Running offers a whole host of benefits, but for Stylist’s Lauren Geall, it’s the feeling she gets while running which makes it so addictive.
I can remember the first time I ran 5k very clearly. I hadn’t planned to try and run 5k – I was still a complete beginner, and had only just managed to run 2k without walking in the middle – but there was something about that day in early April this year that made me go for it.
Watching the kilometres clock up on my watch was almost addictive, and even though I was struggling for breath (and energy) by 4k, I pushed myself to the very end. My time was nothing to phone home about, but the feeling of doing it – of putting one foot in front of the other, despite the urge to stop – was unlike anything I’d ever experienced.
Since then, that feeling has gotten me through plenty more 5k runs, supplying me with the energy I needed to push myself harder and improve my times week after week. But until recently, I hadn’t had the vocabulary to describe exactly what that feeling was.
While scrolling through The Guardian’s homepage this weekend, I stumbled across an interview with I May Destroy You creator Michaela Coel.
To mark the release of her new book, Misfits, the paper had asked her to answer a series of questions from fans and celebrities alike – the result being a fascinating portrayal of Coel beyond the boundaries of her creative talents. But amid the myriad of questions and answers, there was one comment in particular which stood out to me: Coel’s answer to the question, “When do you feel most powerful?”
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“I would say I feel most powerful when I’m running,” Coel responded. “I run most days. I did a half-marathon two days ago in an hour and 53 minutes. Eight minutes 58 seconds per mile, which is not my fastest. It’s OK, it was very hot in Memphis. And even last night, I just went out for a little walk, I was in a yellow dress, and then I thought, ‘Oh, I feel like running’ and it turned into a run. I did have trainers on with the dress.”
While I’m obsessed with the image of Coel running full-pelt down the street in a yellow dress, that wasn’t the part that stood out to me the most.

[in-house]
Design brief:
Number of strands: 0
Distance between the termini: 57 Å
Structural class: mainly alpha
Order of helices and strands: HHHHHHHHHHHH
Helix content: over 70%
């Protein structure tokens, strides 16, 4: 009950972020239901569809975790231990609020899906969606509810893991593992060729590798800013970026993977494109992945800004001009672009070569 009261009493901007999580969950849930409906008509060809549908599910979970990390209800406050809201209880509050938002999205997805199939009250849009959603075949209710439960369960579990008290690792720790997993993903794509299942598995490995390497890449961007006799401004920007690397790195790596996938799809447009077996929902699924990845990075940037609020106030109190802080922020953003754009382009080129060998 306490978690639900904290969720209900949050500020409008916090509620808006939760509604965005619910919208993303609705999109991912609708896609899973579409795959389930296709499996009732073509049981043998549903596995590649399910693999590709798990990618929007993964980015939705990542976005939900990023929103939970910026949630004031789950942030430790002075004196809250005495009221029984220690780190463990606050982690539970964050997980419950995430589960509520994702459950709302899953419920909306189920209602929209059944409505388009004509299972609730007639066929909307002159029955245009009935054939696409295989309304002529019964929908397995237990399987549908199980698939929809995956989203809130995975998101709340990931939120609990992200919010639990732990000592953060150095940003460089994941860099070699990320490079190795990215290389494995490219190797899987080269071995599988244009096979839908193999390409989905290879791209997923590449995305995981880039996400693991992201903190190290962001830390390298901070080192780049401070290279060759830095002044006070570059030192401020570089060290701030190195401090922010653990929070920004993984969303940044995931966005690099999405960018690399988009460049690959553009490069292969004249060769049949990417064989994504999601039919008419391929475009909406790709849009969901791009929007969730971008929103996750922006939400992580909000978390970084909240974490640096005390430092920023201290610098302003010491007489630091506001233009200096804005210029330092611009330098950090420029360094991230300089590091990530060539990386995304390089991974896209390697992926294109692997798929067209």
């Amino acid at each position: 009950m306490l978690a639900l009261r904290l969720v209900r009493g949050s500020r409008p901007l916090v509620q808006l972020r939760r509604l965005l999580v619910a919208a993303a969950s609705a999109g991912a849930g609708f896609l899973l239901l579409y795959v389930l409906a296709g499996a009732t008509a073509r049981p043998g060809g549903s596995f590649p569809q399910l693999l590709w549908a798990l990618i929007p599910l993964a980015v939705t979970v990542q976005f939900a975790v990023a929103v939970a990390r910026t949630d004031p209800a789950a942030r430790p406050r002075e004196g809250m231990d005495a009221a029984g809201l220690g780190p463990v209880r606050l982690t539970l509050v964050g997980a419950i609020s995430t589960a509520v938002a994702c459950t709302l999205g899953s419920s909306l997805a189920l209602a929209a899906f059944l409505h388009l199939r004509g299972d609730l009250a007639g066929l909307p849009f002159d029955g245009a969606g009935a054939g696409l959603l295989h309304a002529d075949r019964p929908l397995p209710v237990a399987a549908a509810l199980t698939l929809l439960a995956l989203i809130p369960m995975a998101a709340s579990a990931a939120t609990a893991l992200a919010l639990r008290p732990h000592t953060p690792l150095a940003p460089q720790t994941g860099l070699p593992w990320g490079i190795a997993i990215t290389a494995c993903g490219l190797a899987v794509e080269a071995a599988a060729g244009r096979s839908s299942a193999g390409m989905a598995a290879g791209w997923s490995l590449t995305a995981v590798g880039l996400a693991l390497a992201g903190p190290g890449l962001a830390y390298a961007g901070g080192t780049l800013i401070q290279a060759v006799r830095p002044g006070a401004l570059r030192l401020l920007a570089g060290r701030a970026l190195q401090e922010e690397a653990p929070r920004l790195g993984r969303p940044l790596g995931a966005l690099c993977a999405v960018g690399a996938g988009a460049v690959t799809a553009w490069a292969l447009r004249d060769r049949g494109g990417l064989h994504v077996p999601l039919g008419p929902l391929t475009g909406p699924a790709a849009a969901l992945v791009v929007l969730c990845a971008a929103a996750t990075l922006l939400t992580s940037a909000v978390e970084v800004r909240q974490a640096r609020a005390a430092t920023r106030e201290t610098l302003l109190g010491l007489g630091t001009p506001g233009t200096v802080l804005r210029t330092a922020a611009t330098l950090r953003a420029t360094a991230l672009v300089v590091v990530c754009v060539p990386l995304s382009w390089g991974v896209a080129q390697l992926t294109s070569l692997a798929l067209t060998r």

The idea that running could make you feel powerful wasn’t something that hadn’t really crossed my mind, but it perfectly describes the sense of motivation and strength I get from running – the same feeling I first experienced when I pushed myself to do 5k back in April.
When I’m running, I’m the one in the driver’s seat: when my legs are aching and my brain is telling me to stop, I get to decide to keep going
As someone who deals with anxiety, I often feel like my mind and body are out of my control. But when I’m running, I’m the one in the driver’s seat: when my legs are aching, my brain is telling me to stop and my heart is pumping out of my chest, I get to decide to keep going.
That – and the sense of achievement I get when I finish – helps me to feel like I could do anything.
Knowing that I have the potential to run 5k also helps me to feel more powerful in my day-to-day life, too. It may sound silly, but as someone who has literally never been fit, the knowledge that I can stand up, slip on my running shoes and carry my body that far has given me a sense of achievement unlike many of the things I’ve done in my life.
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This sense of power is also helping me to push myself when it comes to my running goals. For the moment, I’m focusing on running a sub-30 5k, but after that, I’d love to run 10k and beyond.
Previously, the idea of running that far would have filled my stomach with dread, but now that I’ve done something I never thought I would do (running 5k), I can train in the knowledge that I’ll get there one day.
When I ran that first 5k, I underestimated how transformative pushing myself physically could be. Like Coel, I too feel most powerful when I’m running – and I can’t wait to see where my newfound passion takes me.
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